- Honorary Degree (2010)
- Doctor of Humane Letters
- Bloomington, Indiana
- Presenter: Michael A. McRobbie
For decades, IU has had a close relationship with Thailand. IU faculty members and experts have helped to develop modern Thailand by working to establish leading universities, contributing to the development of the K-12 educational system, supporting the growth of its modern health and dental care, and offering guidance as it developed governmental policies.
Many of these advances would not have been possible without the cooperation of the Thai royal family, particularly Princess Sirindhorn, said Charles R. Bantz, chancellor of Indiana University-Purdue University Indianapolis.
"As the member of the Royal Family most prominent for promoting education in her country, she has used her position to focus efforts on a commitment that will better the lives of the Thai people for generations to come," Bantz said.
Her efforts have focused on children, education, disaster relief and preservation of Thai culture. For example, she played a direct role in establishing libraries, schools and basic education programs in rural areas and Thai border regions. She personally worked with local officials, used her position to call attention to children's needs, mobilized public support, made investments through her own foundation and inspired others to give.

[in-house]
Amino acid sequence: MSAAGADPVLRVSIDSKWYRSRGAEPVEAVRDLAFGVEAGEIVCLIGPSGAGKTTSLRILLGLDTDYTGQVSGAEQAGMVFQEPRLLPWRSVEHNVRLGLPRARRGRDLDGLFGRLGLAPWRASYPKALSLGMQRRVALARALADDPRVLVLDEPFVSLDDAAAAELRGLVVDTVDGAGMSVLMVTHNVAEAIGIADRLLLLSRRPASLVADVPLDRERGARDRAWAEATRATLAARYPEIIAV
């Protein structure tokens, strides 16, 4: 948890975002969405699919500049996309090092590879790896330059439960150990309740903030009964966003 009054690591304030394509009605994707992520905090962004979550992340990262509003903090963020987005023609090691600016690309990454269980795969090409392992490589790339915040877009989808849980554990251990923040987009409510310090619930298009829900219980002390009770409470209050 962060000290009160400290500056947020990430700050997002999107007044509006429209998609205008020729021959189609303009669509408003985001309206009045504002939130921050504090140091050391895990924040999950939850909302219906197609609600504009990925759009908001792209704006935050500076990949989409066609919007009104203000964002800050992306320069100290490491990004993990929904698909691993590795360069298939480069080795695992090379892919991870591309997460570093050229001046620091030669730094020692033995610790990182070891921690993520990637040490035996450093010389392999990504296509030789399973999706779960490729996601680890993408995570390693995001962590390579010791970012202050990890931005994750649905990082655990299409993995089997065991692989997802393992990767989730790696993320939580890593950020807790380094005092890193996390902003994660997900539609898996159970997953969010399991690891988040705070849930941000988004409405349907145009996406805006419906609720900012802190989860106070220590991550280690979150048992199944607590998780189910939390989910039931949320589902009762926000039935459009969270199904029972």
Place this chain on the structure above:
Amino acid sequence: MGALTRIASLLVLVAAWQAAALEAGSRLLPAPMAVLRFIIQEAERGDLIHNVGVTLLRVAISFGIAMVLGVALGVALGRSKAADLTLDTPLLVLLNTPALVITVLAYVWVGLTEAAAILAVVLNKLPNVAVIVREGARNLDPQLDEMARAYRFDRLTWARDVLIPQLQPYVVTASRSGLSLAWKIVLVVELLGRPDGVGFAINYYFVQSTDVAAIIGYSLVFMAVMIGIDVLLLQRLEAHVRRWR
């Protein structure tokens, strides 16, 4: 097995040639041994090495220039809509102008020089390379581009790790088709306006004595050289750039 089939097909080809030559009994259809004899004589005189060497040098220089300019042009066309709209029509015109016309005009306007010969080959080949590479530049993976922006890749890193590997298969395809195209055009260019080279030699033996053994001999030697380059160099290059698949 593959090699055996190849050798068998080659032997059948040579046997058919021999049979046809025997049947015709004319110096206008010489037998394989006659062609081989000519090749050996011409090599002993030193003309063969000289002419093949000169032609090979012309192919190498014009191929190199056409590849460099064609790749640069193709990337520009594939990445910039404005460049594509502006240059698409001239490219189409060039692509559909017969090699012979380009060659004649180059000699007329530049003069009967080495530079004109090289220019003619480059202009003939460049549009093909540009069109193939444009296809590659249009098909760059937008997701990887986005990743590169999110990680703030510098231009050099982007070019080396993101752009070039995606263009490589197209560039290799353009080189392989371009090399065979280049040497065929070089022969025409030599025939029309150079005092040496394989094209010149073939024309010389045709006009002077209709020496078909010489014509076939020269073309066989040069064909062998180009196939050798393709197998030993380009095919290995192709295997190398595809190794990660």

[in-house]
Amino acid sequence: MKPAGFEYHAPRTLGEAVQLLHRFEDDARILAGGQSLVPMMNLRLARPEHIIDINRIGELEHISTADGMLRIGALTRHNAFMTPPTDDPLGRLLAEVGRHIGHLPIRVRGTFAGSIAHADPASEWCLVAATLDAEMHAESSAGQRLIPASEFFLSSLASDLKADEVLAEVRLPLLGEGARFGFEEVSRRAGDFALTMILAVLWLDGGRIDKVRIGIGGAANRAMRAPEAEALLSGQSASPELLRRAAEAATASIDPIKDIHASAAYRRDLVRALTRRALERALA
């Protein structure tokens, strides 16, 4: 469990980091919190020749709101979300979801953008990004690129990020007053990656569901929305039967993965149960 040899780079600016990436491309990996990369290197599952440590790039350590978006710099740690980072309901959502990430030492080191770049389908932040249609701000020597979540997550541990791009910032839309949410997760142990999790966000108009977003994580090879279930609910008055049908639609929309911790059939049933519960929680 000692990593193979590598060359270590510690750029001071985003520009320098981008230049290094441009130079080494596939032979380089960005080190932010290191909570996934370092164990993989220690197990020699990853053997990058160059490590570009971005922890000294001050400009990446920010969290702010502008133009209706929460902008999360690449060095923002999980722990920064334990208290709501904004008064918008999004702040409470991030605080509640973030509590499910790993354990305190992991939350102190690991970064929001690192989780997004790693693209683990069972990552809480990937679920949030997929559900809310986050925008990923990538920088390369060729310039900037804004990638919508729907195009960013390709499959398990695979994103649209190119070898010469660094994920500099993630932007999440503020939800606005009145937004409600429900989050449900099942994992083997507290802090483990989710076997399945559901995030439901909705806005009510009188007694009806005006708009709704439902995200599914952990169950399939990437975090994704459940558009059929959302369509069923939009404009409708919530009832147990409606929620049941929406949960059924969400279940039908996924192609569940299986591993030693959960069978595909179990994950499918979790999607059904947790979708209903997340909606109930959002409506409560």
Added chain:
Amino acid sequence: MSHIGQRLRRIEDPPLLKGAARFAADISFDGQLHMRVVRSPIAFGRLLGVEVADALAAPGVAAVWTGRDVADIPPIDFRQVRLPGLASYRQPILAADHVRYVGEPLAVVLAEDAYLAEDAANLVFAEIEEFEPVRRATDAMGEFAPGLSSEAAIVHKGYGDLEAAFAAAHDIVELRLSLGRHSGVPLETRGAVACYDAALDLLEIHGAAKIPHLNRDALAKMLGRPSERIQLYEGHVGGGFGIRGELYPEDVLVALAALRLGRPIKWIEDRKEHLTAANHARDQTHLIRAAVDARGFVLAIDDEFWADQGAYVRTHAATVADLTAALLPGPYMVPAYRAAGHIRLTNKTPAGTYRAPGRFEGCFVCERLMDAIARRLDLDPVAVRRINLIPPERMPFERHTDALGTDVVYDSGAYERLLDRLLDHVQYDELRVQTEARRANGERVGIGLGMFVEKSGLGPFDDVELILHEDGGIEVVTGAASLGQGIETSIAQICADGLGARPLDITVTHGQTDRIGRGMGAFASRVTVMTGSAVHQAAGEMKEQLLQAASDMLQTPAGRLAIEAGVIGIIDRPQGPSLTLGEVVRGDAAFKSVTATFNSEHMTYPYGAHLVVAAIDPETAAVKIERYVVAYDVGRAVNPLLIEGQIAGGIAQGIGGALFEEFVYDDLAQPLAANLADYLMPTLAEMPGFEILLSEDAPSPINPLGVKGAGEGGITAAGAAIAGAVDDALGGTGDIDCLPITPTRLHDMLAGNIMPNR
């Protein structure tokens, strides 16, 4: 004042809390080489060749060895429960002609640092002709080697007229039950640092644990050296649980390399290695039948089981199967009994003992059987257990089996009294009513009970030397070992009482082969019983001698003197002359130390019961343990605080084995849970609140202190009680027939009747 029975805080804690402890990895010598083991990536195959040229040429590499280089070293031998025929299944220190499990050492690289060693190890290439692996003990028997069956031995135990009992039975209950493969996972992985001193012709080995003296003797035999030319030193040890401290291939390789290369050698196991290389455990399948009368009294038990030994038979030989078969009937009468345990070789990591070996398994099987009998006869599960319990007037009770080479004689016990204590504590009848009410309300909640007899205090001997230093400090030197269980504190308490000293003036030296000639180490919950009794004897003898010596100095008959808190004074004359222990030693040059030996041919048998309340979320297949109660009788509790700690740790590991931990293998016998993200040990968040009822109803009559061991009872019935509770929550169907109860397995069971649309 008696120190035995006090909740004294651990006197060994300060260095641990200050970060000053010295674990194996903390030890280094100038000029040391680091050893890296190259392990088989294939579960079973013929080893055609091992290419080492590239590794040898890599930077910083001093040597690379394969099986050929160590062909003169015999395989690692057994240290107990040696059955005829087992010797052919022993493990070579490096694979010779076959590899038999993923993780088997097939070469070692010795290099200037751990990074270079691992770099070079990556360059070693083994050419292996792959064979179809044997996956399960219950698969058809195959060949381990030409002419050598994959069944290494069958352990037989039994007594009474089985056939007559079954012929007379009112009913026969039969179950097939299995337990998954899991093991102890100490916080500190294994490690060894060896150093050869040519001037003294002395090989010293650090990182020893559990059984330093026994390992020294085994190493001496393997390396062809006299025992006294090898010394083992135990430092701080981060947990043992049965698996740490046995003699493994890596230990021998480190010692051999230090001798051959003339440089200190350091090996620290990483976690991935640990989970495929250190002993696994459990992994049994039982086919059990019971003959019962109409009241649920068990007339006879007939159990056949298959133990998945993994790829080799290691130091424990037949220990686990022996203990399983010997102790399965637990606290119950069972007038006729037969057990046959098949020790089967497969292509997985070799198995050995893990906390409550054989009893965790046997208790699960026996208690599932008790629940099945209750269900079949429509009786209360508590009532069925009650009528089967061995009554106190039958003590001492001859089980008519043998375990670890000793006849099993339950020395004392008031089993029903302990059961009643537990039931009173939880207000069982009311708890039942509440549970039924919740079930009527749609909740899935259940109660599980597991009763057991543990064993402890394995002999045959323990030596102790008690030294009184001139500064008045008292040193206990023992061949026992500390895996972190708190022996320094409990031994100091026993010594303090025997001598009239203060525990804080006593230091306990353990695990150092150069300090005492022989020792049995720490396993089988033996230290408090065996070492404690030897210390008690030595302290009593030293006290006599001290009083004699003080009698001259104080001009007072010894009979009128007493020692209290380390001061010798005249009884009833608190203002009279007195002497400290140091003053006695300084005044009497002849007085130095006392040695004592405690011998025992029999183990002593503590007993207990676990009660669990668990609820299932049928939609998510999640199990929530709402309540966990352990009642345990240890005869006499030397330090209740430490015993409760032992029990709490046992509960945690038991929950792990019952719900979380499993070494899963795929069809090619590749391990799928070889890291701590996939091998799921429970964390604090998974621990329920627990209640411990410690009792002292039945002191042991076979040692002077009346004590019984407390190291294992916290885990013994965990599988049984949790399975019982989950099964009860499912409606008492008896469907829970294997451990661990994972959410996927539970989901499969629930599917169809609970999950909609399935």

As a scholar, she has worked in historic preservation, development of traditional Thai music, and creation of an electronic corpus of the modern Thai language. She is so revered as a champion of scientific inquiry that Thai scientists have named 15 plant and animal species in her honor.
Her work has garnered many honors through the years, including the Ramon Magsaysay Award for Public Service in 1991 (whose past winners have included the Dalai Lama and Mother Teresa), and the Indira Gandhi Prize for Peace, Disarmament and Development in 2004 (whose past winners include Mikhail Gorbachev, Kofi Annan and Jimmy Carter).
In 2005, she was named a United Nations Educational, Scientific and Cultural Organization Goodwill Ambassador.
"For a generation of students from Thailand and the surrounding countries, Princess Sirindhorn has been a model of effective public service," said Patrick O'Meara, IU vice president for international affairs. "Her efforts and successes with seemingly intractable problems deserve wider recognition and should stand as a model for students and educators all over the world."